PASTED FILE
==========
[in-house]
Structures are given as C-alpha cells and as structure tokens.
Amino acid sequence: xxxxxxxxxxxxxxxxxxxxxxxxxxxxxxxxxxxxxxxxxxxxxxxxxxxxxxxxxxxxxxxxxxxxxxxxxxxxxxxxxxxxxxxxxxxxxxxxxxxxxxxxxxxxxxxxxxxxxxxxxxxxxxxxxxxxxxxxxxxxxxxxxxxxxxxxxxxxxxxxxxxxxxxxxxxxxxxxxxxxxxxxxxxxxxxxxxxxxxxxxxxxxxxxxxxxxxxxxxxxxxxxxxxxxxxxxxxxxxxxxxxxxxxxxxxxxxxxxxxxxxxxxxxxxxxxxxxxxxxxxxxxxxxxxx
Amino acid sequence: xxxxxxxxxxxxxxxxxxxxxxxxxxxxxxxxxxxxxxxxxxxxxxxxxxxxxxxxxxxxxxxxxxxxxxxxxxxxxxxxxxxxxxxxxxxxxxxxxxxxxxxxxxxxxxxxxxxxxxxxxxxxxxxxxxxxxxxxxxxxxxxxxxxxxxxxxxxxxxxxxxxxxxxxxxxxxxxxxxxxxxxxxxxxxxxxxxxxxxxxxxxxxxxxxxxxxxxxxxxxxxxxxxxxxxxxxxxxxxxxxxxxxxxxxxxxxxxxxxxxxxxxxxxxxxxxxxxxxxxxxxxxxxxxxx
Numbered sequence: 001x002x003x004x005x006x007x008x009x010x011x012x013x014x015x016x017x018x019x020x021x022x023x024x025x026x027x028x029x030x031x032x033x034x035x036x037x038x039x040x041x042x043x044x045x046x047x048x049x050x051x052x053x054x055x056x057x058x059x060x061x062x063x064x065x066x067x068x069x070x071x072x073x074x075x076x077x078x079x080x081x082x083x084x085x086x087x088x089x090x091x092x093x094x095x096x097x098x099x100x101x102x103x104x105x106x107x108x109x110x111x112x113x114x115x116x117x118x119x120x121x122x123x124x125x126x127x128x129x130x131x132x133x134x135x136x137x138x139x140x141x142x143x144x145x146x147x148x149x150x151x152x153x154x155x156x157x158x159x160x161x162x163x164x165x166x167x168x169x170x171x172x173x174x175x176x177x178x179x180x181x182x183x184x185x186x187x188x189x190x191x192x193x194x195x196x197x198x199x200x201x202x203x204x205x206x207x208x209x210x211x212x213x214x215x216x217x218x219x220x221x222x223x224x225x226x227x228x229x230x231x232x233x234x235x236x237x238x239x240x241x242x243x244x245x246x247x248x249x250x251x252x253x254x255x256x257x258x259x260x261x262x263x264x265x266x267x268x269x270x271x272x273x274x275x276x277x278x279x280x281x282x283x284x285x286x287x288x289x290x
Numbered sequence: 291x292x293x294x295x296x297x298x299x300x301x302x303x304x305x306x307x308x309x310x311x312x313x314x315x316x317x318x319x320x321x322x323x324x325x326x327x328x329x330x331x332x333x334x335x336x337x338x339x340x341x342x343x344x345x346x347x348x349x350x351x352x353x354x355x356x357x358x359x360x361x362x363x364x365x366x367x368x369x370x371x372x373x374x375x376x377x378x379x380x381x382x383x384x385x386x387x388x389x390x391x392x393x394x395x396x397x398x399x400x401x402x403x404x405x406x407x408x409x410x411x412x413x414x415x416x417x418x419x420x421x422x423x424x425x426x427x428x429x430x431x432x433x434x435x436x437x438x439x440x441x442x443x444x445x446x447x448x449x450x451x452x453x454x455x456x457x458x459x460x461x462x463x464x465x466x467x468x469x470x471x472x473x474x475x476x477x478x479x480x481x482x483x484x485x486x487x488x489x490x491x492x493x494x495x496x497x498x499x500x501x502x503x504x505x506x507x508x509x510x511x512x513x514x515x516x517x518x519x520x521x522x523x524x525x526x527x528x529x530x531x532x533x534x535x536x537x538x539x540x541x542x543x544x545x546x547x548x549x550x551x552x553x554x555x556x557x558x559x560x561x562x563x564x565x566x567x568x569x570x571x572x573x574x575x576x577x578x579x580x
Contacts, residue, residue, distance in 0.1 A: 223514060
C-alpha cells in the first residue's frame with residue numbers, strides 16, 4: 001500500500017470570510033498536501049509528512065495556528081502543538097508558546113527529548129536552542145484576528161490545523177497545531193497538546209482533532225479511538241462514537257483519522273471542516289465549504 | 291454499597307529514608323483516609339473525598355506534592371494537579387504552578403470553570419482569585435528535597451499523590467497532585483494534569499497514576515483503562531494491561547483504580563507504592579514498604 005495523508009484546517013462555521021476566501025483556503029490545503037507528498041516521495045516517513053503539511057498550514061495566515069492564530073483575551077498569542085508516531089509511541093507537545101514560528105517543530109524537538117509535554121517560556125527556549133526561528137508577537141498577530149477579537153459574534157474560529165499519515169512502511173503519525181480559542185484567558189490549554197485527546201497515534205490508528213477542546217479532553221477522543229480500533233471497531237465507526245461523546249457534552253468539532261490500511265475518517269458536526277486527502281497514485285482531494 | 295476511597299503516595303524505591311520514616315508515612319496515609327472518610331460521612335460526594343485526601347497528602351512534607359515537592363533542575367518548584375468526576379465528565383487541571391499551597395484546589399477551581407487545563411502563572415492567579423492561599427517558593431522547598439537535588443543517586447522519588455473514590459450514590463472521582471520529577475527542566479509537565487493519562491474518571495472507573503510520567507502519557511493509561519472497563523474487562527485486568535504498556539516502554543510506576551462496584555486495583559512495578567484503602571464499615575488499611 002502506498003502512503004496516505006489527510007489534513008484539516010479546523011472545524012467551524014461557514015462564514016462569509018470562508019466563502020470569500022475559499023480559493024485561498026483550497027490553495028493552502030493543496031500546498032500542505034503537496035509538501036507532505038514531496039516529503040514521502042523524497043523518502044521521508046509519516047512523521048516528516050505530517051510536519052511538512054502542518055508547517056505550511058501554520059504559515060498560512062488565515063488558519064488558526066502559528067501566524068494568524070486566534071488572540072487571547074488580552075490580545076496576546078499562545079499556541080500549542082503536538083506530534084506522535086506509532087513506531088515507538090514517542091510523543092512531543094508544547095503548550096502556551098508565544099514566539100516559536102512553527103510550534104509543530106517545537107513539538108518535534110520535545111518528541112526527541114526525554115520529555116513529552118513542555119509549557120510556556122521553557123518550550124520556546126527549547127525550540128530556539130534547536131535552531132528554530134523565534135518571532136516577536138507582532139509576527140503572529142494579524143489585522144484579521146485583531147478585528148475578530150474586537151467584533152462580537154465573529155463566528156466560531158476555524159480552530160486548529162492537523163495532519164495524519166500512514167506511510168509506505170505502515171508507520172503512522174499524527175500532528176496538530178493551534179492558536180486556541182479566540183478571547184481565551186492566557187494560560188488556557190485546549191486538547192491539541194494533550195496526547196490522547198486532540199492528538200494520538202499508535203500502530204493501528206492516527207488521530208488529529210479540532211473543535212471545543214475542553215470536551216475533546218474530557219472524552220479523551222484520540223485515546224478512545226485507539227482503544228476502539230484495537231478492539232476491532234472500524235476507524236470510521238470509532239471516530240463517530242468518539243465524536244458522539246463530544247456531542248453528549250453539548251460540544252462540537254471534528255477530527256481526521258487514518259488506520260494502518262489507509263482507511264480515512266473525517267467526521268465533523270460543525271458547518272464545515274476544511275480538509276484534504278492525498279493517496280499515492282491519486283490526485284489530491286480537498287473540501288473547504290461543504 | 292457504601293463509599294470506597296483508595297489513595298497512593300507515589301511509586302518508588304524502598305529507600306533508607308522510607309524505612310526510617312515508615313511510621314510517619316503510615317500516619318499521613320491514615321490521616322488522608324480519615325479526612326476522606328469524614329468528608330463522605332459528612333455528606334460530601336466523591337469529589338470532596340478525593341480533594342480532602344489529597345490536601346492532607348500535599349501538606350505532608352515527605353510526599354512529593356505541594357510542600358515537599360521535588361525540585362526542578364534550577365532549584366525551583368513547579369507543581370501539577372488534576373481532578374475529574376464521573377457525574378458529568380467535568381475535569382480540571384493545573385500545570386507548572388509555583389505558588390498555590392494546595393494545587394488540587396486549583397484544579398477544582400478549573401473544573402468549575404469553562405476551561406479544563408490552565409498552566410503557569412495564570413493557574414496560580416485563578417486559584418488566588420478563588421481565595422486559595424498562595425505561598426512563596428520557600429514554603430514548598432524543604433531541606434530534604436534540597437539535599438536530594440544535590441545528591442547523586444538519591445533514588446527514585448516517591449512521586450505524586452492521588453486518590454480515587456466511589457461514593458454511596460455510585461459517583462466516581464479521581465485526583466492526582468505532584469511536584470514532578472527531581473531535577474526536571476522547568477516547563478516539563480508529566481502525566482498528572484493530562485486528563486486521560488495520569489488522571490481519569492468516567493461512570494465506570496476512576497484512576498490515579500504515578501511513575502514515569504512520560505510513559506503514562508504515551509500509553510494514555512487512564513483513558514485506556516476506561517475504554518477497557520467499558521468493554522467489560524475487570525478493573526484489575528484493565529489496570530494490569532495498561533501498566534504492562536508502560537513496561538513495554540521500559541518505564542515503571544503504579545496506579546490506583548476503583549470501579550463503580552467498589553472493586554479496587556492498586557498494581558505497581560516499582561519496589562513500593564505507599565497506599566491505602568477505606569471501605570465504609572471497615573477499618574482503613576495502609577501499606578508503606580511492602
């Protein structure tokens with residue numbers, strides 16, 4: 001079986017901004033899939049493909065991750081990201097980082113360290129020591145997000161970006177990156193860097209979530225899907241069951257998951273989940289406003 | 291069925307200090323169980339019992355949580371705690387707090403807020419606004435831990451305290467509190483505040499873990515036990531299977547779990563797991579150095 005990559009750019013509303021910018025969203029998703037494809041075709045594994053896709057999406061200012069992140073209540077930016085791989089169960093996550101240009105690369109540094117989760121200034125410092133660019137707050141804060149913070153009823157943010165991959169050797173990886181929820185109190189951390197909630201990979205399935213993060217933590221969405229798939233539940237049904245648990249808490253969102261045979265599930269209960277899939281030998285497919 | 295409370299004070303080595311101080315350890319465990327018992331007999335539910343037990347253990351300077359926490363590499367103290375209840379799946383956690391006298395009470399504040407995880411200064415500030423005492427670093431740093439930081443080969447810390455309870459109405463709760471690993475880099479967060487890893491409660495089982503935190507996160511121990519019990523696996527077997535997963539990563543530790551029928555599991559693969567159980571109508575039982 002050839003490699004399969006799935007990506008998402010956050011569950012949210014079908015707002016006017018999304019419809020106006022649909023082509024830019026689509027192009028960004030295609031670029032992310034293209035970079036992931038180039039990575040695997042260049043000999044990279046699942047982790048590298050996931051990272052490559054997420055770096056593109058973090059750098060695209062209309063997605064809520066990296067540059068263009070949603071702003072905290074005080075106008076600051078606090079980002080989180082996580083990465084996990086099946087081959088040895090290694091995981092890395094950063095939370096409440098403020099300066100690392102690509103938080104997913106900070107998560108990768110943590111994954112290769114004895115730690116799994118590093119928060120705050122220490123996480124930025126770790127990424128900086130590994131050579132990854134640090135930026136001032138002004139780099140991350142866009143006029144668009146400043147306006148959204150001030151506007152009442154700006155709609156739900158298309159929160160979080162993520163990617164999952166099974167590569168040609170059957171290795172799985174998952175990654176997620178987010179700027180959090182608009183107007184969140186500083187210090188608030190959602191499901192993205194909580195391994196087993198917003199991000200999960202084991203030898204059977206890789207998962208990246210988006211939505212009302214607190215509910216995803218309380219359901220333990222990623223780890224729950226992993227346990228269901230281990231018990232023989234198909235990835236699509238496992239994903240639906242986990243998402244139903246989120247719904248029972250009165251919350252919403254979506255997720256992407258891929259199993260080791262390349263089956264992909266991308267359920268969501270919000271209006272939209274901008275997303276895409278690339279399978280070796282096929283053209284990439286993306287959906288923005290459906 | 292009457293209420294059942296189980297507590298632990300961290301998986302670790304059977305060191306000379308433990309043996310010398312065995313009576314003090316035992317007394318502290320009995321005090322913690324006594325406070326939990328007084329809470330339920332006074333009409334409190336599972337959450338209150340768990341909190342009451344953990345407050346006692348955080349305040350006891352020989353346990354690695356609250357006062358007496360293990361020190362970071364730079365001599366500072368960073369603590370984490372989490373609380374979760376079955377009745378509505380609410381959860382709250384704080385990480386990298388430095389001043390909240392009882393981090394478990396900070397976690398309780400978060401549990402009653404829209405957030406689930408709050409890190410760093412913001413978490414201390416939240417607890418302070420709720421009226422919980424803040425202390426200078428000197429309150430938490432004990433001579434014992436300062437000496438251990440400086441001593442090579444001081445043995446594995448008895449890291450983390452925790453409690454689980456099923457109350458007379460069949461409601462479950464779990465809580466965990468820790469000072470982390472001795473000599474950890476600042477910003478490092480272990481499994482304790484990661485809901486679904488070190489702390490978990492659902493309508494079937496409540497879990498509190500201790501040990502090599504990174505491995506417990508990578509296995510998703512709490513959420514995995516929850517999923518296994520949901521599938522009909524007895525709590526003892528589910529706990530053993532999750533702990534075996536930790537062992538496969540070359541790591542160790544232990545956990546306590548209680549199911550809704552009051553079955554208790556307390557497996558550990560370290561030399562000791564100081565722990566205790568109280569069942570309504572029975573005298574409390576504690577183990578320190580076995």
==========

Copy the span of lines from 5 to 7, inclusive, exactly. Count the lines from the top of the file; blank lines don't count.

Numbered sequence: 001x002x003x004x005x006x007x008x009x010x011x012x013x014x015x016x017x018x019x020x021x022x023x024x025x026x027x028x029x030x031x032x033x034x035x036x037x038x039x040x041x042x043x044x045x046x047x048x049x050x051x052x053x054x055x056x057x058x059x060x061x062x063x064x065x066x067x068x069x070x071x072x073x074x075x076x077x078x079x080x081x082x083x084x085x086x087x088x089x090x091x092x093x094x095x096x097x098x099x100x101x102x103x104x105x106x107x108x109x110x111x112x113x114x115x116x117x118x119x120x121x122x123x124x125x126x127x128x129x130x131x132x133x134x135x136x137x138x139x140x141x142x143x144x145x146x147x148x149x150x151x152x153x154x155x156x157x158x159x160x161x162x163x164x165x166x167x168x169x170x171x172x173x174x175x176x177x178x179x180x181x182x183x184x185x186x187x188x189x190x191x192x193x194x195x196x197x198x199x200x201x202x203x204x205x206x207x208x209x210x211x212x213x214x215x216x217x218x219x220x221x222x223x224x225x226x227x228x229x230x231x232x233x234x235x236x237x238x239x240x241x242x243x244x245x246x247x248x249x250x251x252x253x254x255x256x257x258x259x260x261x262x263x264x265x266x267x268x269x270x271x272x273x274x275x276x277x278x279x280x281x282x283x284x285x286x287x288x289x290x
Numbered sequence: 291x292x293x294x295x296x297x298x299x300x301x302x303x304x305x306x307x308x309x310x311x312x313x314x315x316x317x318x319x320x321x322x323x324x325x326x327x328x329x330x331x332x333x334x335x336x337x338x339x340x341x342x343x344x345x346x347x348x349x350x351x352x353x354x355x356x357x358x359x360x361x362x363x364x365x366x367x368x369x370x371x372x373x374x375x376x377x378x379x380x381x382x383x384x385x386x387x388x389x390x391x392x393x394x395x396x397x398x399x400x401x402x403x404x405x406x407x408x409x410x411x412x413x414x415x416x417x418x419x420x421x422x423x424x425x426x427x428x429x430x431x432x433x434x435x436x437x438x439x440x441x442x443x444x445x446x447x448x449x450x451x452x453x454x455x456x457x458x459x460x461x462x463x464x465x466x467x468x469x470x471x472x473x474x475x476x477x478x479x480x481x482x483x484x485x486x487x488x489x490x491x492x493x494x495x496x497x498x499x500x501x502x503x504x505x506x507x508x509x510x511x512x513x514x515x516x517x518x519x520x521x522x523x524x525x526x527x528x529x530x531x532x533x534x535x536x537x538x539x540x541x542x543x544x545x546x547x548x549x550x551x552x553x554x555x556x557x558x559x560x561x562x563x564x565x566x567x568x569x570x571x572x573x574x575x576x577x578x579x580x
Contacts, residue, residue, distance in 0.1 A: 223514060